[Python-Dev] Caching float(0.0)

Nick Maclaren nmm1 at cus.cam.ac.uk
Tue Oct 3 15:11:27 CEST 2006

=?ISO-8859-1?Q?=22Martin_v=2E_L=F6wis=22?= <martin at v.loewis.de> wrote:
> >> The total count of floating point numbers allocated at this point is 985794.
> >> Without the reuse, they would be 1317145, so this is a saving of 25%, and
> >> of 5Mb.
> > 
> > And, if you optimised just 0.0, you would get 60% of that saving at
> > a small fraction of the cost and considerably greater generality.
> As Michael Hudson observed, this is difficult to implement, though:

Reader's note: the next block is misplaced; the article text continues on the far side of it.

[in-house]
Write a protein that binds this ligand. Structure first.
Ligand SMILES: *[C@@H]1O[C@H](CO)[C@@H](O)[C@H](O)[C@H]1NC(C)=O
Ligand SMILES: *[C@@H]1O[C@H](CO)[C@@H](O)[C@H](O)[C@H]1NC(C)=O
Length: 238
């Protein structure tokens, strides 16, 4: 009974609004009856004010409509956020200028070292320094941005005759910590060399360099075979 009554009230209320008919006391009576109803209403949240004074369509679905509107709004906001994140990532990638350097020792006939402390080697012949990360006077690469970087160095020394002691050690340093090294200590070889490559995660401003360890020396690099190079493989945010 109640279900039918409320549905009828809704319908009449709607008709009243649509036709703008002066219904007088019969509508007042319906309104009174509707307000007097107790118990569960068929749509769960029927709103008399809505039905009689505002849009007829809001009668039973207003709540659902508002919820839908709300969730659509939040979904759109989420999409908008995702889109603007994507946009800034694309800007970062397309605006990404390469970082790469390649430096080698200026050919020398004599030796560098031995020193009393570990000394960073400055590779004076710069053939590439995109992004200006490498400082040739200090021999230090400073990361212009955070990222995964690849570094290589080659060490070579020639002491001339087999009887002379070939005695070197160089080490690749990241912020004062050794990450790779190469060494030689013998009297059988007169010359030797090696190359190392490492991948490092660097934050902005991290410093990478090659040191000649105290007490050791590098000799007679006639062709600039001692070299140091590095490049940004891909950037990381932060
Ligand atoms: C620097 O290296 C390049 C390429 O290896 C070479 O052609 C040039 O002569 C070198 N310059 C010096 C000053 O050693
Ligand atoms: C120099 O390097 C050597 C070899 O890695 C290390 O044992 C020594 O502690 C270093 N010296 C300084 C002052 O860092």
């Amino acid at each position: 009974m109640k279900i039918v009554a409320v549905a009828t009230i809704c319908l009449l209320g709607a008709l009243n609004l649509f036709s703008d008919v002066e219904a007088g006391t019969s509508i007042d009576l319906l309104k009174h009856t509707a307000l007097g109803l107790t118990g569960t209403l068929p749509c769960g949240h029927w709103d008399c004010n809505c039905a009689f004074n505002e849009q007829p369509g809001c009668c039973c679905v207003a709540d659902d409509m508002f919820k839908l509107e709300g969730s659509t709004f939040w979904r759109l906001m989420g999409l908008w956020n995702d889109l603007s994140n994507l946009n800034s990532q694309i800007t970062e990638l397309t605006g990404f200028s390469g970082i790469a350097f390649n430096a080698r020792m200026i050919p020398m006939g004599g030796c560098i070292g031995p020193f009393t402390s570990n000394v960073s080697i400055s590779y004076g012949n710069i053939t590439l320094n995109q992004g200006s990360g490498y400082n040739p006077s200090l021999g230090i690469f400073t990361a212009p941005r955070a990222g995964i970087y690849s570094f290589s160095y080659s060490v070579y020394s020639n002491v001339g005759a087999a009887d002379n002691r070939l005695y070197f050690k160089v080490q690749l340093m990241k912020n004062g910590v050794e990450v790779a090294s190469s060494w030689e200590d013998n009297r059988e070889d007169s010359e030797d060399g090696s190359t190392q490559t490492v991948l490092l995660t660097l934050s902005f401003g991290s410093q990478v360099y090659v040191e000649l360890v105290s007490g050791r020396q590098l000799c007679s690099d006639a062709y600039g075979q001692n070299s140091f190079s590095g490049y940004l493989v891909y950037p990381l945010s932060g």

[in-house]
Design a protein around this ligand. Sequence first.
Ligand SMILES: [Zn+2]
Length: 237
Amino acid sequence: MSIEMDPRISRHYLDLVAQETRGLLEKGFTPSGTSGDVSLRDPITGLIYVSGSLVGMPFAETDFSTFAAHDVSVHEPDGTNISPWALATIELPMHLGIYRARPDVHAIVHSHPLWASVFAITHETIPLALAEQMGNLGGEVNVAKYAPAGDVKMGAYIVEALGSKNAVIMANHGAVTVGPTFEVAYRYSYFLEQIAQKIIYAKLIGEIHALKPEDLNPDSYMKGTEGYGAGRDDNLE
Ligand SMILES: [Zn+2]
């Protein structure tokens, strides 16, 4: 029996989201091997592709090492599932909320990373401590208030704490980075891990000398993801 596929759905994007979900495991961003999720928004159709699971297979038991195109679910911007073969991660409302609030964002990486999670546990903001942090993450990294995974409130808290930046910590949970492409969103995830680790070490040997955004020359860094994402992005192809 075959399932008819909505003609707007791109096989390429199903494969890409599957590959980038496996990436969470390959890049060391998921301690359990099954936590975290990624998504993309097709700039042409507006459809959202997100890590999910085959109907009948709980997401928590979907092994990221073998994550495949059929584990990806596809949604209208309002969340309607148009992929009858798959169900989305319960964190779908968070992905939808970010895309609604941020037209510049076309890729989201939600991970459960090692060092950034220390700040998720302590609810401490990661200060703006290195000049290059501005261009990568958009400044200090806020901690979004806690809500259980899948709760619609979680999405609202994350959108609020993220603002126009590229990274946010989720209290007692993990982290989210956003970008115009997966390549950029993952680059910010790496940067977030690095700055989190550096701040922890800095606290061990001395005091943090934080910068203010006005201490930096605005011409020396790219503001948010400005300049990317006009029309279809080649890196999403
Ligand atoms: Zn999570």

> You can't distinguish between -0.0 and +0.0 easily, yet you should.

That was the point of a previous posting of mine in this thread :-(

You shouldn't, despite what IEEE 754 says, at least if you are
allowing for either portability or numeric validation.

There are a huge number of good reasons why IEEE 754 signed zeroes
fit extremely badly into any normal programming language and are
seriously incompatible with numeric validation, but Python adds more.
Is there any other type where there are two values that are required
to be different, but where both the hash is required to be zero and
both are required to evaluate to False in truth value context?

Nick Maclaren,
University of Cambridge Computing Service,
New Museums Site, Pembroke Street, Cambridge CB2 3QH, England.
Email:  nmm1 at cam.ac.uk
Tel.:  +44 1223 334761    Fax:  +44 1223 334679

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